In the workplace, men who are overweight may be perceived as more persuasive than their “normal weight” peers, a Cornell study found.
A November 2019 study by the Charles H. Dyson School of Applied Economics and Management showed that overweight men in the workplace tend to be more persuasive than their female counterparts.
The team, led by applied economics and management professors Kevin Kniffin, Vicki Bogan and David Just, conducted six different studies using 141 participants’ data from a questionnaire, asking participants to rate some of the behaviors they engage in at the workplace, including “being a convincing speaker.”
The study explained that overweight men are perceived as more persuasive at the workplace, a tendency that does not appear to hold for women. The researchers established that overweight women are often expected to have a “better sense of humor,” but persuasiveness does not carry the same expectation.
“Gaining a better sense of what associations people make that should be irrelevant can help to improve future decision making,” Kniffin told The Sun in an email.
In most western cultures, ideas surrounding being overweight do not carry a positive connotation. However, with persuasiveness, people have the tendency to perceive most overweight or obese men to have distinct leadership skills and an apparent “positive contribution,” the study found.
Previous studies have observed height as being a predictor in other people’s perceptions of their ability to take on leadership roles. Specifically, these studies highlight tallness as favorable when it comes to success at the workplace.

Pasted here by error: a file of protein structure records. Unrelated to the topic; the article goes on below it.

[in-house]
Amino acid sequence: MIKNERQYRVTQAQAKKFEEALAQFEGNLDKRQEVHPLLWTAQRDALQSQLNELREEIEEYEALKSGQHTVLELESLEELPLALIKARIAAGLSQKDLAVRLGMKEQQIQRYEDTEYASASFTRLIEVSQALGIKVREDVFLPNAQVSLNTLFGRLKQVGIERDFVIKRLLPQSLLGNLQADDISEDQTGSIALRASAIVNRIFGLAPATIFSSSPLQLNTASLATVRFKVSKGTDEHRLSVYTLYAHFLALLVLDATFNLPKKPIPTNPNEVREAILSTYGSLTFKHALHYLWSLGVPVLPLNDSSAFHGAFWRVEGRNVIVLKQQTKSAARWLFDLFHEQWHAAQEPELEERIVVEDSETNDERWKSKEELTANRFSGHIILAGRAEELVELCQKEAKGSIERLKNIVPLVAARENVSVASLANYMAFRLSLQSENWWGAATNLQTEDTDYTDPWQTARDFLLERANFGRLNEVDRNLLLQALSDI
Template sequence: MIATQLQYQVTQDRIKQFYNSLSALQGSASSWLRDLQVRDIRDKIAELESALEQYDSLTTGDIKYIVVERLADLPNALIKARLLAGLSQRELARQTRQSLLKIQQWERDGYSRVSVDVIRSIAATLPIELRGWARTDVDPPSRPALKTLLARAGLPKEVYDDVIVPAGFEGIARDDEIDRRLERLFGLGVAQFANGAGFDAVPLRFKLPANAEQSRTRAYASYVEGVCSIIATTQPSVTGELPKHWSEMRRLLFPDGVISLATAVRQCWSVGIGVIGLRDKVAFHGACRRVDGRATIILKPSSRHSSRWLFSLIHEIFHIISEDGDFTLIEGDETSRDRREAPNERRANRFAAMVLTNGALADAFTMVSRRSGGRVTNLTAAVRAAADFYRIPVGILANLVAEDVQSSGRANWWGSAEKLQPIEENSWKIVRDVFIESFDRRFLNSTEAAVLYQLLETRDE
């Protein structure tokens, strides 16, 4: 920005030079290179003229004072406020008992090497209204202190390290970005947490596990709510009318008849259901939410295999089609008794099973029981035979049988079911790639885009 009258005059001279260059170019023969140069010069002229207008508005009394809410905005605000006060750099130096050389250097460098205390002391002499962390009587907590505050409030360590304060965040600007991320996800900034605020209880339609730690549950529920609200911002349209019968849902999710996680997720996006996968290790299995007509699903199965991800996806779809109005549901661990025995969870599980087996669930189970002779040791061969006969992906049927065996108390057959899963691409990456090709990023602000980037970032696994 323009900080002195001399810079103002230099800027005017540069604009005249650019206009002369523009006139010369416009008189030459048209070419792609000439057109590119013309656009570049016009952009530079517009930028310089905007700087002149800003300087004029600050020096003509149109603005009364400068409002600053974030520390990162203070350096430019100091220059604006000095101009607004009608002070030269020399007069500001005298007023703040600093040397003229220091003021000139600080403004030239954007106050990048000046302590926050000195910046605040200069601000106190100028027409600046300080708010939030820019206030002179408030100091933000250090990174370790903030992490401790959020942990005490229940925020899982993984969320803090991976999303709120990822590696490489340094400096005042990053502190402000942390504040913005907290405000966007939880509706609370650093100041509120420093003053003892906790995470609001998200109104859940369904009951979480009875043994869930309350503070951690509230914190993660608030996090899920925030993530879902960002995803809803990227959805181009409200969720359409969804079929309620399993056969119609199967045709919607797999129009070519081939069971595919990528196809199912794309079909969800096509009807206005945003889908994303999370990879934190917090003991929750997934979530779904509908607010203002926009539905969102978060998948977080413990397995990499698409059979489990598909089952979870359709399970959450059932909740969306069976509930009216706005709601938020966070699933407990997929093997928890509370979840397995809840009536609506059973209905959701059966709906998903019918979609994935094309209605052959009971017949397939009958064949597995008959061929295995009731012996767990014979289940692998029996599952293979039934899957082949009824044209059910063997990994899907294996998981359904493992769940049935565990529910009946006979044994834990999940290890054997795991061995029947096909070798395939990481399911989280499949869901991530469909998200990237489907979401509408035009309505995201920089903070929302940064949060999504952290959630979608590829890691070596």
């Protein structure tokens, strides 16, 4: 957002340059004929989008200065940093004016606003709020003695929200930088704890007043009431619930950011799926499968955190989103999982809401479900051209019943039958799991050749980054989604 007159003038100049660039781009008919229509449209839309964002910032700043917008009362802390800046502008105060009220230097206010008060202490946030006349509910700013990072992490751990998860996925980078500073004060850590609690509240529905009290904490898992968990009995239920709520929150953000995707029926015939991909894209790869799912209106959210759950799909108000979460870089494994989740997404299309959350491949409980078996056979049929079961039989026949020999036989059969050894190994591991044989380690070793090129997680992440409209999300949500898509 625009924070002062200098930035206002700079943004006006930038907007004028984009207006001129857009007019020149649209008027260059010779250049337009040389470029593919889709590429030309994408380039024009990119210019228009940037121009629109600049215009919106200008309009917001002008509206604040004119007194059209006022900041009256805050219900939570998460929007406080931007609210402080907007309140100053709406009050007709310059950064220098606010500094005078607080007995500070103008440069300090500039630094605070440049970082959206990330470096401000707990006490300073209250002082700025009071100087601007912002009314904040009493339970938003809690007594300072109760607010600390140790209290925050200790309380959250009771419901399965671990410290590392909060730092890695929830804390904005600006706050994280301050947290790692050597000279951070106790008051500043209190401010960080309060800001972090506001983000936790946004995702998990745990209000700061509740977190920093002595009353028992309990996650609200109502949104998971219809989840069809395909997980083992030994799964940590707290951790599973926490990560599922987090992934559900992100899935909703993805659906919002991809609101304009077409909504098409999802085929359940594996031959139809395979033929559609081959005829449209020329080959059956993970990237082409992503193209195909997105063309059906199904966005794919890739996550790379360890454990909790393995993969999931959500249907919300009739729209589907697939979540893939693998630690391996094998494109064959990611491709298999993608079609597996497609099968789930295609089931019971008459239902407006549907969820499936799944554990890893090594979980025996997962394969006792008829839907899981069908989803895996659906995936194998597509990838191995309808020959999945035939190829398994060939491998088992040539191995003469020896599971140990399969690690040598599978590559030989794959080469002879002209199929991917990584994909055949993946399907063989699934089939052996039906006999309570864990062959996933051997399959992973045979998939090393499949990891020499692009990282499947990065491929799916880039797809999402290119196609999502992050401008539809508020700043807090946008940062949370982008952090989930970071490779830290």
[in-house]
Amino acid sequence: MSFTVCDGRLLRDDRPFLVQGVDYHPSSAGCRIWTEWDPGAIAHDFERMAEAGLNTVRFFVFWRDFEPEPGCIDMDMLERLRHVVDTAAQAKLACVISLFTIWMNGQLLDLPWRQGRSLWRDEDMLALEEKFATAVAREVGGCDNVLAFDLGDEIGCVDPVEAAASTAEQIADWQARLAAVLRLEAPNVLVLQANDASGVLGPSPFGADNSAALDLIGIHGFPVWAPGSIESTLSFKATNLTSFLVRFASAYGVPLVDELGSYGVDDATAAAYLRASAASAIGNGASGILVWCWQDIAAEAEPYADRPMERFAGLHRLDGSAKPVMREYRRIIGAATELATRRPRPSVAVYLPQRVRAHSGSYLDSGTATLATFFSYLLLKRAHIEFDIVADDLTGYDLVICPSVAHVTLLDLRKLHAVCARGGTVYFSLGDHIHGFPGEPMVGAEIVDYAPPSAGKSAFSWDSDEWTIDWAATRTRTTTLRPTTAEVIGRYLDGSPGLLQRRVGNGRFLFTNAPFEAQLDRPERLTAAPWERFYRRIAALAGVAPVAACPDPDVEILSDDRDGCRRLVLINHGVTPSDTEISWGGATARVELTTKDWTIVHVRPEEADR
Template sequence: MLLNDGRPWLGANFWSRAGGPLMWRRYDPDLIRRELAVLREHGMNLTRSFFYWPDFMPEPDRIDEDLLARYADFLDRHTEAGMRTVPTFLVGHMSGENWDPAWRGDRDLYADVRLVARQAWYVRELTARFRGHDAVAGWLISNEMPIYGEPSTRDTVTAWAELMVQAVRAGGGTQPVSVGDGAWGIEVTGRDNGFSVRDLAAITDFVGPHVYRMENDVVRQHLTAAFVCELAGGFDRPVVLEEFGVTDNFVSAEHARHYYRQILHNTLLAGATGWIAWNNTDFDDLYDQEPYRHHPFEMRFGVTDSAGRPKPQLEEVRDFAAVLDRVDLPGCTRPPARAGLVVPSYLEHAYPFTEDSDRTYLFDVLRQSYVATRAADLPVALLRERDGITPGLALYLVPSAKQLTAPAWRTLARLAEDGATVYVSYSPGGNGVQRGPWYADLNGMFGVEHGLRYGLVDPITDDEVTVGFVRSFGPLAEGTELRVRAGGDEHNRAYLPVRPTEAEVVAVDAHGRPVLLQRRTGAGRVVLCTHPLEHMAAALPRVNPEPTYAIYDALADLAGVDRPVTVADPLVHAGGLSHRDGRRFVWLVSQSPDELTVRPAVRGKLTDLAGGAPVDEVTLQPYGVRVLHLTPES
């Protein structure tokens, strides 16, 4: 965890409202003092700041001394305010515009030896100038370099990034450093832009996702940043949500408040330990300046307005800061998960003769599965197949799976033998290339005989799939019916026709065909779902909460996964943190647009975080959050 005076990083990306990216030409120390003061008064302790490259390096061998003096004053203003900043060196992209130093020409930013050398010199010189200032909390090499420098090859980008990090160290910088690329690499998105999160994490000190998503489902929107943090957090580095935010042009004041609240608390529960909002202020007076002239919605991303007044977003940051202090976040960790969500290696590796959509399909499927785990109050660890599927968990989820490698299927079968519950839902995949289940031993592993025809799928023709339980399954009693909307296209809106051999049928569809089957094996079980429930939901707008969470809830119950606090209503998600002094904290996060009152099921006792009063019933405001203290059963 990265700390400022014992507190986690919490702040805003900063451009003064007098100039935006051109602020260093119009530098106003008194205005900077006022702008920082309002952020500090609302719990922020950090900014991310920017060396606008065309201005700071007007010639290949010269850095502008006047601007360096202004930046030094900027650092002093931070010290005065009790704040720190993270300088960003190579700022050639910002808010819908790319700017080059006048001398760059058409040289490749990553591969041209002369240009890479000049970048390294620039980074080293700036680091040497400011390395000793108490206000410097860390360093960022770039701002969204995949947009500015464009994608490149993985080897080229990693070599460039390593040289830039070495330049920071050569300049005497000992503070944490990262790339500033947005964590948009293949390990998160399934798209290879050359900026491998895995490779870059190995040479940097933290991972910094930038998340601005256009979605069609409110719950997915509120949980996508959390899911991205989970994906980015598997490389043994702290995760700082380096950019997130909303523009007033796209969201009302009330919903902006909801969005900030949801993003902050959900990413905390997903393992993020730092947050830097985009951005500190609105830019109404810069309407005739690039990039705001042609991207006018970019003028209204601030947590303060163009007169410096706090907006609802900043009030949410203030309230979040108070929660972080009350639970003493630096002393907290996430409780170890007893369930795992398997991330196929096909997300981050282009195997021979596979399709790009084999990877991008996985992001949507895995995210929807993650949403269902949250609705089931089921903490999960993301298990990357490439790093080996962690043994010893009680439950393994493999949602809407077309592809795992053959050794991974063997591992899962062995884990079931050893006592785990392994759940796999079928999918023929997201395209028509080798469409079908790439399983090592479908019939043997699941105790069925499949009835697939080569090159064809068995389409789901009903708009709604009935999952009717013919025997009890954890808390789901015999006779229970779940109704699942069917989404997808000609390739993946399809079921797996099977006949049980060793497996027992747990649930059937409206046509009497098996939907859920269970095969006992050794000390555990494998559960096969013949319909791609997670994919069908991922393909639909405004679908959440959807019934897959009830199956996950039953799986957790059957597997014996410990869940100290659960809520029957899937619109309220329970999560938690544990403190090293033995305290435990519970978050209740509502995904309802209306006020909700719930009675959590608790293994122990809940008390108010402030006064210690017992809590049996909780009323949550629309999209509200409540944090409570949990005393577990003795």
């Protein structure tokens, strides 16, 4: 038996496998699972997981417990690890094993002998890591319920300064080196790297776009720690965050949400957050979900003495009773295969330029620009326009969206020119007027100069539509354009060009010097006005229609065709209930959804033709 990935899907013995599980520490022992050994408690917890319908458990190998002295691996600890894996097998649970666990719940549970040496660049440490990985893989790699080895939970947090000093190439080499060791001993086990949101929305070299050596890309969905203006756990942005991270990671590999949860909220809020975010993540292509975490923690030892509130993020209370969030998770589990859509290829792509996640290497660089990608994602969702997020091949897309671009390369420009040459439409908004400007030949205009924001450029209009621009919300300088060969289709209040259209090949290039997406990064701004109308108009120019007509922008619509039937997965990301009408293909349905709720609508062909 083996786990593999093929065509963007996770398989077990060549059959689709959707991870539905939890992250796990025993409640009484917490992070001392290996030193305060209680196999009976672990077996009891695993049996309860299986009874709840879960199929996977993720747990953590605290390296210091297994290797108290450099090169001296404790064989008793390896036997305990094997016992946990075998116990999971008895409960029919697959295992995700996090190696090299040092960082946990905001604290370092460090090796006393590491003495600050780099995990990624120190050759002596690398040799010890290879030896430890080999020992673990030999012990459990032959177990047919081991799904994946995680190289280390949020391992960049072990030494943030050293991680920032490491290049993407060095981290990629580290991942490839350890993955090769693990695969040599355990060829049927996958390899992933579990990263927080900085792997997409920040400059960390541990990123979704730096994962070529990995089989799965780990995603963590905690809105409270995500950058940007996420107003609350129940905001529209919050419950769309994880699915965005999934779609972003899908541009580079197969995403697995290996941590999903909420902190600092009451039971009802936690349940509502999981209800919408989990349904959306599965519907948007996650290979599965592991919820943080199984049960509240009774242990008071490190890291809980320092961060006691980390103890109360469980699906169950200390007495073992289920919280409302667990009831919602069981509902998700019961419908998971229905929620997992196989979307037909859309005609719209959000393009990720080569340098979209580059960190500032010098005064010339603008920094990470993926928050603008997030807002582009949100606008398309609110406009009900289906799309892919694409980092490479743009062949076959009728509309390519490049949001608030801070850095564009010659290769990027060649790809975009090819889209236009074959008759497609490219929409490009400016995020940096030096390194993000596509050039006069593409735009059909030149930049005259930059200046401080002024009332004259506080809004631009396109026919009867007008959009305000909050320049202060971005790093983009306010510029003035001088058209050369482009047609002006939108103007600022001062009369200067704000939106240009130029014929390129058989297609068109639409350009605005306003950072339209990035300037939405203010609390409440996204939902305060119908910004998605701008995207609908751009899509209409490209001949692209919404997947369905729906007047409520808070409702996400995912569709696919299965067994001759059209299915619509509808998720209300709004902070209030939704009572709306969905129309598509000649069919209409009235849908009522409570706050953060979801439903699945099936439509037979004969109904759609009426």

Despite these findings highlighting a benefit for overweight men, weight discrimination continues to be a major issue.
A study by researchers from the University of California and the University of Vermont explain that media messages play a critical role among the perception of overweight individuals, making them more preoccupied with their appearance and its stigma.
Although this study brings a new perspective on overweight men, the researchers emphasized that men should not aim to gain weight if their intention is to become more persuasive.
“Our studies do invite closer recognition of benefits that might accrue alongside costs when people carry above-normal weight,” the Cornell researchers wrote.
Correction: An earlier version of this article misstated the schools the professors of the study are affiliated with. The professors are affiliated with the Charles H. Dyson School of Applied Economics and Management, not the S.C. Johnson College of Business. An earlier version of this article also misattributed a quote to Kniffin. The quote was by a HuffPost author, not Kniffin. The article has since been updated.